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When an architect listens, the result is a lesson in person-place harmony

Nancy Napier
Nancy Napier

In April 2018, Boise State Public Radio reported that Canadian architect Moshe Safdie would design the new Boise City Library. I was thrilled. I know almost nothing about Safdie, save that I was fortunate enough to tour one of his earlier designs, the Salt Lake City Library, in the early 2000s. Several observations struck me on that visit, and I hope we have the same good experience with our library design.

First, SLC invited several architectural firms to bid on the project. His was the only one that oriented the library with views toward the Wasatch Mountains, not toward the Great Salt Lake. As community members from focus groups with all of the bidding firms said, Safdie’s group listened to us.

Second, when several of us from Boise visited the library, we got onto the elevator with two middle school boys, skateboards in tow. When we asked what they were doing at the library, they said: “Are you kidding? It’s the coolest place in town to hang out after school.” We stood, mouths agape.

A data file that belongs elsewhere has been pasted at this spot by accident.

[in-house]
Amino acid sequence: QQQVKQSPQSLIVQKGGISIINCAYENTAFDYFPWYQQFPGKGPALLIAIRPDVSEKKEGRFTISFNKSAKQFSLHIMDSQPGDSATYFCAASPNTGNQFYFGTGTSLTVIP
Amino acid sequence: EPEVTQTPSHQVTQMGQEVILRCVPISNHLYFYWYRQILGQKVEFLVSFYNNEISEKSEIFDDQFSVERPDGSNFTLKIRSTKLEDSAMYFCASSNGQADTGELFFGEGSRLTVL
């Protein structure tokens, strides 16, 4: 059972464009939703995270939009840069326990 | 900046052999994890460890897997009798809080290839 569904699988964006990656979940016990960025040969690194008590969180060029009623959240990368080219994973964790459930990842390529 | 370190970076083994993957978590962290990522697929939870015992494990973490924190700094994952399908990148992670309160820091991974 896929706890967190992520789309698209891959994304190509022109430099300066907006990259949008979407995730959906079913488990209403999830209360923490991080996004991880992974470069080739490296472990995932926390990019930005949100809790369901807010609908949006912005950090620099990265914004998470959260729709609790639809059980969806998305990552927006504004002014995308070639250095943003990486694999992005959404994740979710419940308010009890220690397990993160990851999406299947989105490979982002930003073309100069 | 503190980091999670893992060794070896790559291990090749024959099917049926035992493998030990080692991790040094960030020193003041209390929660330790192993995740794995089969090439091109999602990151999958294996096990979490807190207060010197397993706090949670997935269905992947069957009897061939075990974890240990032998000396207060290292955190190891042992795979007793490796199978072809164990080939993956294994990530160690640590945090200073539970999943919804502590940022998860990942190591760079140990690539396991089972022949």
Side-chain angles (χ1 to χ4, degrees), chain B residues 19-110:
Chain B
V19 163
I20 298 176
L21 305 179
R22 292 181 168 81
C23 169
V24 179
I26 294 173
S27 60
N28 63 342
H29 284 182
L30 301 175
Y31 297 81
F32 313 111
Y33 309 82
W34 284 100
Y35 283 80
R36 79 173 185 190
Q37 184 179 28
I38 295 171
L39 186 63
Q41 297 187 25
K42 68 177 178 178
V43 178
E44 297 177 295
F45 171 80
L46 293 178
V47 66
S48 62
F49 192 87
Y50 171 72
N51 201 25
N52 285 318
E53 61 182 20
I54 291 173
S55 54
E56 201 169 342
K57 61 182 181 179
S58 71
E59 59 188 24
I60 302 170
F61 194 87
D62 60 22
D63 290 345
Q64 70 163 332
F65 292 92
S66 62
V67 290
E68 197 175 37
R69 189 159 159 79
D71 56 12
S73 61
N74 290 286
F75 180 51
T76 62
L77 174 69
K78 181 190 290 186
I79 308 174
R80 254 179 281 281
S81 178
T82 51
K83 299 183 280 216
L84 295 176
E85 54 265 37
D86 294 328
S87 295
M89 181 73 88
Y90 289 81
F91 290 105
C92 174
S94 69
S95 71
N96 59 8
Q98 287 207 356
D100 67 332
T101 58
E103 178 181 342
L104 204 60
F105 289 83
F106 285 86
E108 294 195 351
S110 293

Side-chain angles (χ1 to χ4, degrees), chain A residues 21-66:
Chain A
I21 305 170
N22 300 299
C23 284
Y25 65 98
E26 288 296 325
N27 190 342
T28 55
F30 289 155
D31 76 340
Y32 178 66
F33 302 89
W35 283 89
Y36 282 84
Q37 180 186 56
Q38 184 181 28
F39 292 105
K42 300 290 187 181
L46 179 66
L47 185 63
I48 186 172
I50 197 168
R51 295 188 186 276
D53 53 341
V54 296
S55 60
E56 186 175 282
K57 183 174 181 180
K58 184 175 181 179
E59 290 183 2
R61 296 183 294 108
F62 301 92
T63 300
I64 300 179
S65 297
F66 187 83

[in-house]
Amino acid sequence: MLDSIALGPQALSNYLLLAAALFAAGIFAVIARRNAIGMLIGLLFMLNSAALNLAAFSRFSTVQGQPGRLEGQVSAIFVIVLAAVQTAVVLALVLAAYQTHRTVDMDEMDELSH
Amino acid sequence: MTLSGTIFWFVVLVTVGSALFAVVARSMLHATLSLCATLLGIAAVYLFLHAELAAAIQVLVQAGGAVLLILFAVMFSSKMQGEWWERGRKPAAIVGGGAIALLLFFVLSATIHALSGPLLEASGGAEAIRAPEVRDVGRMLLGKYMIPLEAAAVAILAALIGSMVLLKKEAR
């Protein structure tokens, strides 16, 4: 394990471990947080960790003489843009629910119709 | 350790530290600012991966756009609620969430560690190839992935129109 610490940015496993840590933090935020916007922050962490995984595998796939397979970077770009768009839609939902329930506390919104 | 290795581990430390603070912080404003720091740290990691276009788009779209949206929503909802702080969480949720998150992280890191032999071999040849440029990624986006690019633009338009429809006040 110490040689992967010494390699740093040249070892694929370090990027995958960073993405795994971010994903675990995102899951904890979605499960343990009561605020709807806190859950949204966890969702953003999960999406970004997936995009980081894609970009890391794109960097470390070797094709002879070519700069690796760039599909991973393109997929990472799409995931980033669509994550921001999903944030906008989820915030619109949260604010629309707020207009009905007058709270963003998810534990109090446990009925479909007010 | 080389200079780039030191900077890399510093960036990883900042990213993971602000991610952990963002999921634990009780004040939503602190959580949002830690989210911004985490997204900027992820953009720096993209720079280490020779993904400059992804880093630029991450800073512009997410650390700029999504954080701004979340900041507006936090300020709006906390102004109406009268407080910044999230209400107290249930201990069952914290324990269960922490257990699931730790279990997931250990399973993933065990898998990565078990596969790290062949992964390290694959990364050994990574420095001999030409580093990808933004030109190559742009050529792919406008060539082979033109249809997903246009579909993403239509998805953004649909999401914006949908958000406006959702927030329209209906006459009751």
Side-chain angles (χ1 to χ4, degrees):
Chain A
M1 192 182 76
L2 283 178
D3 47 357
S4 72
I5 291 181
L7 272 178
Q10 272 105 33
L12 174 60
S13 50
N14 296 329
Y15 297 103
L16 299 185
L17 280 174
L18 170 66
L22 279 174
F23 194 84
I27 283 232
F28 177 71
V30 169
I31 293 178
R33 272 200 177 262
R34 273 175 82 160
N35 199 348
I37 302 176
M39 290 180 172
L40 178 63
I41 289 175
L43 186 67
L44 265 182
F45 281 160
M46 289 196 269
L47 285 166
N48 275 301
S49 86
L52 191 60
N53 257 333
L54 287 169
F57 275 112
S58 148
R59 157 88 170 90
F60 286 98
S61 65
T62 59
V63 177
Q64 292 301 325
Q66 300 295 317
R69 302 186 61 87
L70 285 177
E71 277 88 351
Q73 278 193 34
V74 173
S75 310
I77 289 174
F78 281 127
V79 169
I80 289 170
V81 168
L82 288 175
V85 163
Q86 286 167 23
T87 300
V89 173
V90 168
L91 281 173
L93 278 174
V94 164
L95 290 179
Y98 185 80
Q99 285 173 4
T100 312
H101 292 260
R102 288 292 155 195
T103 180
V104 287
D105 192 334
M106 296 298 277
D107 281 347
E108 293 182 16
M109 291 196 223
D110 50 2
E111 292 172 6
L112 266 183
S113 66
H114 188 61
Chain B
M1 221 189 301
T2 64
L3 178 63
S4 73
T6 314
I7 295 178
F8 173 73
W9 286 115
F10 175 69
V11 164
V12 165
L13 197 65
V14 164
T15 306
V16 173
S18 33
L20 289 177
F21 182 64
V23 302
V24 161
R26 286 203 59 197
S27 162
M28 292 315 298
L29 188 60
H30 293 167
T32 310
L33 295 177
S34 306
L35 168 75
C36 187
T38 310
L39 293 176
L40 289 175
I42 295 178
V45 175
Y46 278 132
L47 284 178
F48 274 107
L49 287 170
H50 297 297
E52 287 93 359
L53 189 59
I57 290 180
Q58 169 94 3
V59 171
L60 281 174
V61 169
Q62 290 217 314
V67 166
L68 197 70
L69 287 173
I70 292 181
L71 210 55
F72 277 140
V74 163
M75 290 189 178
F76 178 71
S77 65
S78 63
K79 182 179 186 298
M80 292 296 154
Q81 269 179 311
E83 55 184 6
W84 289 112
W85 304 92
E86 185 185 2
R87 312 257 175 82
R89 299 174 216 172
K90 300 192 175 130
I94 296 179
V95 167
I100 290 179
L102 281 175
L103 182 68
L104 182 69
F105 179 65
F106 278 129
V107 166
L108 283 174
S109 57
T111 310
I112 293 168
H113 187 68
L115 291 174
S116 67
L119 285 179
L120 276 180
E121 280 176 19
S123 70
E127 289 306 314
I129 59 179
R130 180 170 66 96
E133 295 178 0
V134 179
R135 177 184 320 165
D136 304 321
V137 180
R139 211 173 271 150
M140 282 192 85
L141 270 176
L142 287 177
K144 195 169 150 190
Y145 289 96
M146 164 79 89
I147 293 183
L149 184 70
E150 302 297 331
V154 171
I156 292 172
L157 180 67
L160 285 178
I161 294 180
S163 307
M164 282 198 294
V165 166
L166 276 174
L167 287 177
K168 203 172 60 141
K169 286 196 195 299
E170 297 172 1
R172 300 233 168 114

Third, the design was unusual, of course, but at the same time very practical, with spaces for parents and children, for outdoor concerts, for video viewing and for working. Because of its spaces and welcoming demeanor (if a building can have a demeanor), it had become, in the 2000s, one of Utah’s top tourist destinations, competing with Bryce Canyon and the Mormon Tabernacle.

So, for reasons like these, I’m excited about having a world-class architect design one of Boise’s core learning and meeting sites. His comments in a radio interview suggested that he realizes the importance of the Boise River to us. “The site itself – it’s hugging the river, so to speak,” he said. “My objective is to embrace it so you will feel in the library that you are literally on the river edge or within the river park.”

It sounds as if he’s already listening to us.

Nancy Napier is a distinguished professor at Boise State.